Joshua Kimmich toils in shadows cast by luminous Pedri and Gavi

Spain 1-1 Germany: The Bayern Munich midfielder had the unenviable task of limiting the creative capabilities of the Spanish teenagers

Alex Pattle
Monday 28 November 2022 09:59 GMT
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As “Marcha Real” reached its crescendo in the Al-Bayt Stadium, captain Sergio Busquets – standing at the end of the Spanish line-up – turned to his teammates and yelped a “Vamos!” Moments later, once the final note of Deutschlandlied had rung out, Joshua Kimmich roared at his colleagues.

For Spain, the message was to avoid complacency; to maintain the focus and intent that resulted in a 7-0 evisceration of Costa Rica last week. In Germany’s case, it was a rallying cry to find a level above the one displayed in a 2-1 loss to Japan. That would be the minimum requirement to keep alive the dream of stitching a fifth star onto the black block of night sky on their new jersey.

In Al Khor, Pedri and Gavi set out to avoid an eclipse and bring the bewitching, near-blinding light they had supplied against Costa Rica, a shimmer that has at times distracted from the grime coating this World Cup. All the while, Kimmich was tasked with toiling in the shadows cast by the ceaselessly creative teenagers, positioning himself between them, tracing the runs of whoever glided closer to him.

The 27-year-old, seen by some as the heir to Phillip Lahm, is in a simplified sense flexible and functional; able to excel in defensive midfield and at right back, much like Lahm before him. The midfield role was the one in which Kimmich was absorbed here. But the Bayern Munich star, like his teammates with their respective duties, often struggled in his venture to stifle those precocious playmakers.

The creative capabilities of Pedri, 19, and Gavi, 18, were limited somewhat, though they still operated on a level eluding any of Germany’s squad-members.

In one notable first-half passage of play, Pedri caught Germany unaware to win possession before ghosting through their press and releasing an attack. Gavi was never far away.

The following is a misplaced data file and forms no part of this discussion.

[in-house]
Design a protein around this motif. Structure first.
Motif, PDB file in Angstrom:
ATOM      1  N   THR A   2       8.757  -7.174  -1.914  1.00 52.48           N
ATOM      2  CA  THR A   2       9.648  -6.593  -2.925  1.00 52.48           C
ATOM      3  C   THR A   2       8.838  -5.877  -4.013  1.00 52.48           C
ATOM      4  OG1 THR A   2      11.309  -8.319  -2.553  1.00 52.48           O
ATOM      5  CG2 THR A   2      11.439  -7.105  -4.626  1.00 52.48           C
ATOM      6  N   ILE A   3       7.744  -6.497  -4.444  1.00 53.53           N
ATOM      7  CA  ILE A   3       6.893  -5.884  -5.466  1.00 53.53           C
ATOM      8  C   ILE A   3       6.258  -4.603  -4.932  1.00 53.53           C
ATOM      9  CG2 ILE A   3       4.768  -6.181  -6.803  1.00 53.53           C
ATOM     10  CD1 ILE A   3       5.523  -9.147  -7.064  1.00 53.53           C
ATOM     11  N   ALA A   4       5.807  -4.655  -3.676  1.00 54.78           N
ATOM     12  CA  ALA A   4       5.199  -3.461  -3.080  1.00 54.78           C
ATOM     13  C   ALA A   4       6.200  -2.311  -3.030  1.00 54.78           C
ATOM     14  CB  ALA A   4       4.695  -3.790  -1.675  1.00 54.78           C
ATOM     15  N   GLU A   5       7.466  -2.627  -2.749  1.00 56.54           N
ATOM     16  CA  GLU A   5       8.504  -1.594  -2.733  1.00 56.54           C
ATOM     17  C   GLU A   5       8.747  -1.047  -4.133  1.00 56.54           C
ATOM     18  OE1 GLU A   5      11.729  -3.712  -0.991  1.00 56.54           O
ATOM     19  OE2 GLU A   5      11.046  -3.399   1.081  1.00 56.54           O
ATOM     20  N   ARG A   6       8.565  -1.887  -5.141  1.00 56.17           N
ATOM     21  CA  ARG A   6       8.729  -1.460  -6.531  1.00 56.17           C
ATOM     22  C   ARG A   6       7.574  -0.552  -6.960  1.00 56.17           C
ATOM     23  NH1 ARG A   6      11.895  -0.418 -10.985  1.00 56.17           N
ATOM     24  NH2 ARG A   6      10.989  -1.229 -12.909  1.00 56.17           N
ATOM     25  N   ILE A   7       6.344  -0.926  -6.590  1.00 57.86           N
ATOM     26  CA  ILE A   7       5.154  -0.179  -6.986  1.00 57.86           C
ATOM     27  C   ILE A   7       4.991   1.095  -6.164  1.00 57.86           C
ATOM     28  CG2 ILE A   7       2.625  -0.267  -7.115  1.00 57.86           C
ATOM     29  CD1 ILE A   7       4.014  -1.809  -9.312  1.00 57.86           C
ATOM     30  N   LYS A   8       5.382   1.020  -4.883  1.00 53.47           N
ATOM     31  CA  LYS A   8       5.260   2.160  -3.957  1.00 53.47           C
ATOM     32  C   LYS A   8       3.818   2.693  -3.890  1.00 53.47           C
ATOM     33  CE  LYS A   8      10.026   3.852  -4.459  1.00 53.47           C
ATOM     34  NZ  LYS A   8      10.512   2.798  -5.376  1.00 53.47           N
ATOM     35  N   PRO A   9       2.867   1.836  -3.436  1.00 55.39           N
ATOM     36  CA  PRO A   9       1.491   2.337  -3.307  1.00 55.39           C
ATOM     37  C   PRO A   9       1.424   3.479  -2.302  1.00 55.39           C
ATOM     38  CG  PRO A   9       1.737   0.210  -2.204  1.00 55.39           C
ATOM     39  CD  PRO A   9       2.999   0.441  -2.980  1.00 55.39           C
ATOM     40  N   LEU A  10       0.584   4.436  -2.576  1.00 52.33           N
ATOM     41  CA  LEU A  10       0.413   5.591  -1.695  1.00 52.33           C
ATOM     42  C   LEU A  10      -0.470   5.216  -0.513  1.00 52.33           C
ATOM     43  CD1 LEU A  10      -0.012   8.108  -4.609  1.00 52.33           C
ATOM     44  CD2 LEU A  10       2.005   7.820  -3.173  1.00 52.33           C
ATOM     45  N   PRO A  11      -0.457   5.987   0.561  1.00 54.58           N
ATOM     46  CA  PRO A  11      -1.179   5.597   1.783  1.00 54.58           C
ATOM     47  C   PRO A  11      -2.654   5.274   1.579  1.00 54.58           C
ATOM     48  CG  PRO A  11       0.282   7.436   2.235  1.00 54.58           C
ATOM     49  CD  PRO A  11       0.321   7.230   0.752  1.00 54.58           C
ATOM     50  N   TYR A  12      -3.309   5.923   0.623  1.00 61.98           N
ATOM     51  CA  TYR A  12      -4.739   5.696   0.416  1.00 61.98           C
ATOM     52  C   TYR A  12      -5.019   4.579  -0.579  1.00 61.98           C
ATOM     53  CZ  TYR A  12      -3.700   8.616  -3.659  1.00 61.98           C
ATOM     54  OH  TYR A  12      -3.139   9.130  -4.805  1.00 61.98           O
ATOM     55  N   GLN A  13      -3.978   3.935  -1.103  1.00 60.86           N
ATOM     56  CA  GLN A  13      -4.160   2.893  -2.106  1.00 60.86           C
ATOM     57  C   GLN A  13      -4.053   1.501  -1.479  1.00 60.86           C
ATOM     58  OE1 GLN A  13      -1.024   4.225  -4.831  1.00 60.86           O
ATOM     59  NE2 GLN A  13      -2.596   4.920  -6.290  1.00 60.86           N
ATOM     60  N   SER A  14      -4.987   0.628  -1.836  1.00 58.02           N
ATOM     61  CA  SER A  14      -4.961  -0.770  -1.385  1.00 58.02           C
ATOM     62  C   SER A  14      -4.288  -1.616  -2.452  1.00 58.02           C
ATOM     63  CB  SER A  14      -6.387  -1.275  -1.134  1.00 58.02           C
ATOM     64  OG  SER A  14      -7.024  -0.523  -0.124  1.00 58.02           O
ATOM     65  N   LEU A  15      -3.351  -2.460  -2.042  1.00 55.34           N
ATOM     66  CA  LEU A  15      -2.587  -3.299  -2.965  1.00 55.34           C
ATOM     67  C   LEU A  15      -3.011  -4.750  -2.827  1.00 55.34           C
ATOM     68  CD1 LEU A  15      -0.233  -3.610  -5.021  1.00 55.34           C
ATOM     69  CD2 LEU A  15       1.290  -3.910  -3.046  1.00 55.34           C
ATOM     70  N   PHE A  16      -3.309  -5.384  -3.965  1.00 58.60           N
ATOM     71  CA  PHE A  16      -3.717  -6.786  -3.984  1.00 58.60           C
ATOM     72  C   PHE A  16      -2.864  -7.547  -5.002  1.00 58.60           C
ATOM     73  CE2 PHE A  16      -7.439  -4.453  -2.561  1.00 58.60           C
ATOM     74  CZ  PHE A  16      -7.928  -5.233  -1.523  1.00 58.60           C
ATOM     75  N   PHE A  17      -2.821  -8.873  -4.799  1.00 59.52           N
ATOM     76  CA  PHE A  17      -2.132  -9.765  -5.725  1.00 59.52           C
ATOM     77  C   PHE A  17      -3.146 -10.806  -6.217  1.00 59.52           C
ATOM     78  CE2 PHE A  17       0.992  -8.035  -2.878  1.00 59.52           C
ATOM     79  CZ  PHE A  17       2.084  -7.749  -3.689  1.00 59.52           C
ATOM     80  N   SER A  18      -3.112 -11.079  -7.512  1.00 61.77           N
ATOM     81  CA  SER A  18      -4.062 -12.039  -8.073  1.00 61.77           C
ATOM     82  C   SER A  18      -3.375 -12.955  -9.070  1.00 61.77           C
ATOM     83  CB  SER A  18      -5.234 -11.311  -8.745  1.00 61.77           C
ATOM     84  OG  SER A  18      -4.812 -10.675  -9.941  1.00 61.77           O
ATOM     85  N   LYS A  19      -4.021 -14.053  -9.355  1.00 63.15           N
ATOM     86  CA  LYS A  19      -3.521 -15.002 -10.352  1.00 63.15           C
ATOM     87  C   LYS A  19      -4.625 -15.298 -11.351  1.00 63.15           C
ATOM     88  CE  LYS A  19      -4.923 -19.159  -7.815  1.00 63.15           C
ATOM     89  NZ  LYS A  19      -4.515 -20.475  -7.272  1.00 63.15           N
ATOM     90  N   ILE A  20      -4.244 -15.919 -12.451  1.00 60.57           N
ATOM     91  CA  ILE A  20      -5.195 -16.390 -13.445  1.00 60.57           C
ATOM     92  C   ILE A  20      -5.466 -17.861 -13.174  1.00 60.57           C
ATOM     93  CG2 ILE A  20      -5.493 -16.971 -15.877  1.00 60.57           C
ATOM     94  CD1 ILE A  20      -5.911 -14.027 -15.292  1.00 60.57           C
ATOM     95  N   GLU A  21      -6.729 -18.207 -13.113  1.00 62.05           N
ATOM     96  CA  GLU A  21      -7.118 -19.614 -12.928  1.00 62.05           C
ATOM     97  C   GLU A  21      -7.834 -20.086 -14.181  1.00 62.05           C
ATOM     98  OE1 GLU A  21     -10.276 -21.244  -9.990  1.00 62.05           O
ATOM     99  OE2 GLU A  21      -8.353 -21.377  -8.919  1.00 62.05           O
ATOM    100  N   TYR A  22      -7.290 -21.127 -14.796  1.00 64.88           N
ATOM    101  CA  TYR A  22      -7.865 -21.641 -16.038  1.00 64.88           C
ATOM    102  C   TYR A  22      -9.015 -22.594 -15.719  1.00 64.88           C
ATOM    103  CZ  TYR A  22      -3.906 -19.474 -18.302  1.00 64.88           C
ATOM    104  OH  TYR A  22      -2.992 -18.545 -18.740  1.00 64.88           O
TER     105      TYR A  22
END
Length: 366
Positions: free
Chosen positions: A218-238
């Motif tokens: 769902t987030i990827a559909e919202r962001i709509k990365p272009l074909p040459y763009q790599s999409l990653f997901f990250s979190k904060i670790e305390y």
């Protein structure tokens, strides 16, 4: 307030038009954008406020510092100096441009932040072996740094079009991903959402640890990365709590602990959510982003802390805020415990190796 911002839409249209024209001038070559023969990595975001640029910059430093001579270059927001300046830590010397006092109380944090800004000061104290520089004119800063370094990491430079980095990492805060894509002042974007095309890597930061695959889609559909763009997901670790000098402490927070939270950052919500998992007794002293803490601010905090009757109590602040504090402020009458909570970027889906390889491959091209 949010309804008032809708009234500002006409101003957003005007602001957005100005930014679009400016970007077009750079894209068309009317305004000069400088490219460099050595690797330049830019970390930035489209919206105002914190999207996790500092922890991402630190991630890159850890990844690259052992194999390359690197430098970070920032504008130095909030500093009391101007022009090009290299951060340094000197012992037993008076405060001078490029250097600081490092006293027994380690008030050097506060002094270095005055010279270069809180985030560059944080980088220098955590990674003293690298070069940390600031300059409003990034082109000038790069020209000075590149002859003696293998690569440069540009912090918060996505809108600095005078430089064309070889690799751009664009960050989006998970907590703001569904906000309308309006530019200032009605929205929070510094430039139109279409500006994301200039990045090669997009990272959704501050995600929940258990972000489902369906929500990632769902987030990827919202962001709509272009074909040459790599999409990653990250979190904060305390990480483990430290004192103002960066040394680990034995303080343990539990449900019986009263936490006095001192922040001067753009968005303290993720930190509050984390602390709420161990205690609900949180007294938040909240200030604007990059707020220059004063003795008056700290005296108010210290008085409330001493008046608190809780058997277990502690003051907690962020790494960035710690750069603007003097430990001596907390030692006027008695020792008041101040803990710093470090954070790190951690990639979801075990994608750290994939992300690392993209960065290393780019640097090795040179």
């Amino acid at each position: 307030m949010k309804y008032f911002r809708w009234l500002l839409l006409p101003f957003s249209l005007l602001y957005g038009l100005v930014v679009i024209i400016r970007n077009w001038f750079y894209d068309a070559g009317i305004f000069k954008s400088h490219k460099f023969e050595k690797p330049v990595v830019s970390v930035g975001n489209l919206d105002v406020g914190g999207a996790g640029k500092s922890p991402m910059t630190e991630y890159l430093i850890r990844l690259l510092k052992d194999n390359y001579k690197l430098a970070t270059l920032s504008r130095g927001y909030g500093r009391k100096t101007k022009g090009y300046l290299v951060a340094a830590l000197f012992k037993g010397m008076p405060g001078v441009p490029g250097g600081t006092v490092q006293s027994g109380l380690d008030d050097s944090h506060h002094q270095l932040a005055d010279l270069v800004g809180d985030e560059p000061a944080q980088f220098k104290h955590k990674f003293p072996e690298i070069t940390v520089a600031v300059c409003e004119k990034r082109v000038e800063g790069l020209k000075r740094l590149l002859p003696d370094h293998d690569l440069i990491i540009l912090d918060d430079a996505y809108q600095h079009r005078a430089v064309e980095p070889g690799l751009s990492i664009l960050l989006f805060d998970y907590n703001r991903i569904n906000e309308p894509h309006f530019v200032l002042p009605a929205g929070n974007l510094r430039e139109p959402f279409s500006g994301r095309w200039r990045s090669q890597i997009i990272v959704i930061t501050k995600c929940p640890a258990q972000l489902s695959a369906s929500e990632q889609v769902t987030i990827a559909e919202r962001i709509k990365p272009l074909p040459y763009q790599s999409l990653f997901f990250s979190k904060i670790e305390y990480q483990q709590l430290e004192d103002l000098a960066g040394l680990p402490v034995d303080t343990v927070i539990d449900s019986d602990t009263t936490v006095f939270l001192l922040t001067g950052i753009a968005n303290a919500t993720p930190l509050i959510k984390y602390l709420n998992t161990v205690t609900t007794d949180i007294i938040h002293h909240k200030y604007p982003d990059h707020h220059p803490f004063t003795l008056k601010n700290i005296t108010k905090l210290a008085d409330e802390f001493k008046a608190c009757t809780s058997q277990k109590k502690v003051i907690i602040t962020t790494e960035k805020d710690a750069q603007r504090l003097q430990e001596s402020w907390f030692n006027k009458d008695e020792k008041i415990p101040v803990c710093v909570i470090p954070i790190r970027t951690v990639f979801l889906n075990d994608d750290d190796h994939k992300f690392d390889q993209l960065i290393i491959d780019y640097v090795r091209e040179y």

In one moment in the twilight of the first half, Kimmich was allowed to briefly forget his duty, permitting himself a rare venture forward – simply to take a free kick, out on Germany’s right flank and in the final third. He almost vindicated himself, in a sense, when his venomous delivery was devoured by Antonio Rudiger, who drove a header past Unai Simon in the Spain goal. Unfortunately for the four-time champions, the centre back had strayed offside in a bid to reach Kimmich’s cross.

The goal was ruled out, and before long Spain had their own opportunity to open the scoring from a set-piece. The free kick resulted in a period of pinball in front of Manuel Neuer’s goal, with Kimmich desperately lashing a clearance just far enough away to dispel the danger.

After the break, Germany’s line was higher, their press keener, with Kimmich able to shift his focus somewhat towards attacking and ending up integral to the energy and organisation fueling that press. Before long, Germany had forced Simon into an error and Kimmich had forced him into a save, the Bayern midfielder side-footing a first-time shot towards the bottom corner but slightly too high. While not renowned for his goalscoring, the expectation was that Kimmich would find the bottom corner.

He was embodying the work ethic that he had demanded of his side, but also the faultiness running through it.

Kimmich draws a save from Spain goalkeeper Unai Simon
Kimmich draws a save from Spain goalkeeper Unai Simon (REUTERS)

His next contribution was a booking for an ill-timed tackle on Dani Olmo, before he failed to replicate his first-half free kick, sending an attempt well out of play while again trying to find Rudiger.

Spain soon broke the deadlock via a deft finish from Alvaro Morata, the move coming down Germany’s right flank. Kimmich was dragged to the left by a Pedri run that left Gavi open, the 18-year-old allowing the ball to run under him and to Marcos Asensio, whose shot was well over the bar when it should have been on target at least.

Gavi, to the relief of Kimmich and co, then departed as Koke arrived, making the Germany midfielder’s job at least somewhat easier. And at once Germany grew into the game, helped by the introduction of Leroy Sane, Niclas Fullkrug and Lukas Klostermann.

Sane’s clever reverse pass found Jamal Musiala, who failed to fire a shot past Simon at the near post when one-on-one. Kimmich had his own chance at goal when he took a free kick just outside the Spain area, but it was too close to the box and sent into the wall.

It was not to be for the midfielder, but it didn’t need to be, for soon thereafter, Fullkrug pummeled a piledriver strike across Simon and almost through the net to equalise.

The open game that many had expected finally dawned in the dusk of this tie, with both sides threatening to steal victory from the other.

Neither succeeded, each leaving Al Khor half-fulfilled. Kimmich will feel similarly about his endeavour here.

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